Bottom Line: Correlations between tumor-associated genomic/epigenetic/transcriptional changes and alterations in CNA levels are strong predictors of the utility of this biomarker class as promising clinical indicators.We find that measurement of circulating miRNA levels are frequently confounded by varying levels of cellular miRNAs of different hematopoietic origins.Cellular miRNA signatures in cohorts of normal individuals are catalogued and the abundance and gender specific expression of bona fide circulating markers explored after calibrating the signal for this interfering class.

View Article: PubMed Central - PubMed

Affiliation: Applied Research, Affymetrix Inc, Santa Clara, California, United States of America.

ABSTRACT
Effective diagnosis and surveillance of complex multi-factorial disorders such as cancer can be improved by screening of easily accessible biomarkers. Highly stable cell free Circulating Nucleic Acids (CNA) present as both RNA and DNA species have been discovered in the blood and plasma of humans. Correlations between tumor-associated genomic/epigenetic/transcriptional changes and alterations in CNA levels are strong predictors of the utility of this biomarker class as promising clinical indicators. Towards this goal microRNAs (miRNAs) representing a class of naturally occurring small non-coding RNAs of 19-25 nt in length have emerged as an important set of markers that can associate their specific expression profiles with cancer development. In this study we investigate some of the pre-analytic considerations for isolating plasma fractions for the study of miRNA biomarkers. We find that measurement of circulating miRNA levels are frequently confounded by varying levels of cellular miRNAs of different hematopoietic origins. In order to assess the relative proportions of this cell-derived class, we have fractionated whole blood into plasma and its ensuing sub-fractions. Cellular miRNA signatures in cohorts of normal individuals are catalogued and the abundance and gender specific expression of bona fide circulating markers explored after calibrating the signal for this interfering class. A map of differentially expressed profiles is presented and the intrinsic variability of circulating miRNA species investigated in subsets of healthy males and females.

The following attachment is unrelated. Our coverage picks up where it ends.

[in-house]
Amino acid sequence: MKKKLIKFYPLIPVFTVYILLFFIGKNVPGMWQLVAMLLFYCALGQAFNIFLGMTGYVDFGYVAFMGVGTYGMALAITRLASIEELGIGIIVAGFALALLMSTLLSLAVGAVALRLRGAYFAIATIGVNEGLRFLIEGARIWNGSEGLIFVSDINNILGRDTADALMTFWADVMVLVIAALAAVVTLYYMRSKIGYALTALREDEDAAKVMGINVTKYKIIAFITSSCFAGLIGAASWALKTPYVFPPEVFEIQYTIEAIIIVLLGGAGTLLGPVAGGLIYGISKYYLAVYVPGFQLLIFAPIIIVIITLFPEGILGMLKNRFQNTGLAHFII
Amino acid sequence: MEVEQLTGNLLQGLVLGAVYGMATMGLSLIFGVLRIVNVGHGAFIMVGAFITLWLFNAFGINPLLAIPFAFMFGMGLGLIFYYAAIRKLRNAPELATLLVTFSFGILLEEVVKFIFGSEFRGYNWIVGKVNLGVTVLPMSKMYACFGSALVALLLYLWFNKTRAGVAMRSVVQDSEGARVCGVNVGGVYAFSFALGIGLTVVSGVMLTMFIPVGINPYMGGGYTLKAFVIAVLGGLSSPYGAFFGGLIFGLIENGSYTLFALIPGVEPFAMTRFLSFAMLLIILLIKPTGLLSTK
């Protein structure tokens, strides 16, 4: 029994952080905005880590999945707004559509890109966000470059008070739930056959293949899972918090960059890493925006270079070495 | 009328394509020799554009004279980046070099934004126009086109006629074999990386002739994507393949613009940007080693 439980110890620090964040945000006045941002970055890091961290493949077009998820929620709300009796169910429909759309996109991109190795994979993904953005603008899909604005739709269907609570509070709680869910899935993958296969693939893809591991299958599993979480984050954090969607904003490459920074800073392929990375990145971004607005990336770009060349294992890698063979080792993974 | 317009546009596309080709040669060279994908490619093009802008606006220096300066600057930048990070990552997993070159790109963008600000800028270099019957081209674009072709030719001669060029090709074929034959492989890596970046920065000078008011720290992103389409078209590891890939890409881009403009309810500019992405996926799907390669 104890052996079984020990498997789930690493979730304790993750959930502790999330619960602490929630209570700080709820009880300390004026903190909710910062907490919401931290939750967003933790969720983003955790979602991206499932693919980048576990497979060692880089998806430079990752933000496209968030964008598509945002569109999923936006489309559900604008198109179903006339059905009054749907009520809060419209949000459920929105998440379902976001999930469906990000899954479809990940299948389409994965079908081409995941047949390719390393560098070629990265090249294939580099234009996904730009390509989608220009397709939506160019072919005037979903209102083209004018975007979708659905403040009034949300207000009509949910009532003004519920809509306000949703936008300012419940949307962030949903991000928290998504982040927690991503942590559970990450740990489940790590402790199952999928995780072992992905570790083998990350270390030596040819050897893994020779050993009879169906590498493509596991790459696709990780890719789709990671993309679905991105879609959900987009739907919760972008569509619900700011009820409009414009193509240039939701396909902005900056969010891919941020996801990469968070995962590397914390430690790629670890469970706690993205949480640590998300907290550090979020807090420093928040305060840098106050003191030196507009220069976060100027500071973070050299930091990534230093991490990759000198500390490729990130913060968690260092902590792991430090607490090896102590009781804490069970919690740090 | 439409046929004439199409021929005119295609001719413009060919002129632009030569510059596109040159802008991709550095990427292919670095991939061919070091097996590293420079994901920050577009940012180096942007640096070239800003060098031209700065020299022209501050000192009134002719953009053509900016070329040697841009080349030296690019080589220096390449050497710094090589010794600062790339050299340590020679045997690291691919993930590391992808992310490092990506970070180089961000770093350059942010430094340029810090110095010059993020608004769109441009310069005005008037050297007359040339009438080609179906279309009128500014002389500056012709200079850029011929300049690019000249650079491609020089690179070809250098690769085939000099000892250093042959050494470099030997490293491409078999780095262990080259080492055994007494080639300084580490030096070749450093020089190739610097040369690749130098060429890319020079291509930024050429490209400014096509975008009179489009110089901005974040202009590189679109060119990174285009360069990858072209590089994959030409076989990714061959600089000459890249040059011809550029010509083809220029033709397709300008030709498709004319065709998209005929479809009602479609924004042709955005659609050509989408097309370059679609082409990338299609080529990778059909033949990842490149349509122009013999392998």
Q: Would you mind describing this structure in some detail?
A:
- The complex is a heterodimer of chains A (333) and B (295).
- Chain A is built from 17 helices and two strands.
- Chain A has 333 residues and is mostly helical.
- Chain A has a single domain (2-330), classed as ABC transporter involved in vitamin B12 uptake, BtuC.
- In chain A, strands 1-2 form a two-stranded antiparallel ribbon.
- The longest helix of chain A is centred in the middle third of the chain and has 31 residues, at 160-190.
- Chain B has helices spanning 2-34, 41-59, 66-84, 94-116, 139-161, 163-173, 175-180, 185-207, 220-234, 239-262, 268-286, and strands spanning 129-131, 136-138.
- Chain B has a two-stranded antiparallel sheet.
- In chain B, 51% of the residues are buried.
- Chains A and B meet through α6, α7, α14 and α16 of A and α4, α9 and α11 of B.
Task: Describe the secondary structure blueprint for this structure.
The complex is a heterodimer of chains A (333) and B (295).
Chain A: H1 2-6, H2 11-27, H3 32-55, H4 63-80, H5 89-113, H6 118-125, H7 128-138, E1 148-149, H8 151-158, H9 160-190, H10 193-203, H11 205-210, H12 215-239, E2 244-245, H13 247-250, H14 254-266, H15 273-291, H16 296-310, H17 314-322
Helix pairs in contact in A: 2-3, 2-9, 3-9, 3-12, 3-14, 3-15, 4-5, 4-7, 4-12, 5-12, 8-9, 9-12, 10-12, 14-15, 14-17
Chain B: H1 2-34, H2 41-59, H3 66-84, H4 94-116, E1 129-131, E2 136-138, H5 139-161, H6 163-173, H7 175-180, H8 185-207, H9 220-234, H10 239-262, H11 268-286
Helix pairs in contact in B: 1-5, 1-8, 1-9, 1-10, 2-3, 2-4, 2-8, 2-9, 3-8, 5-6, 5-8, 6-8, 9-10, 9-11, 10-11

Show MeSH
Related in: MedlinePlus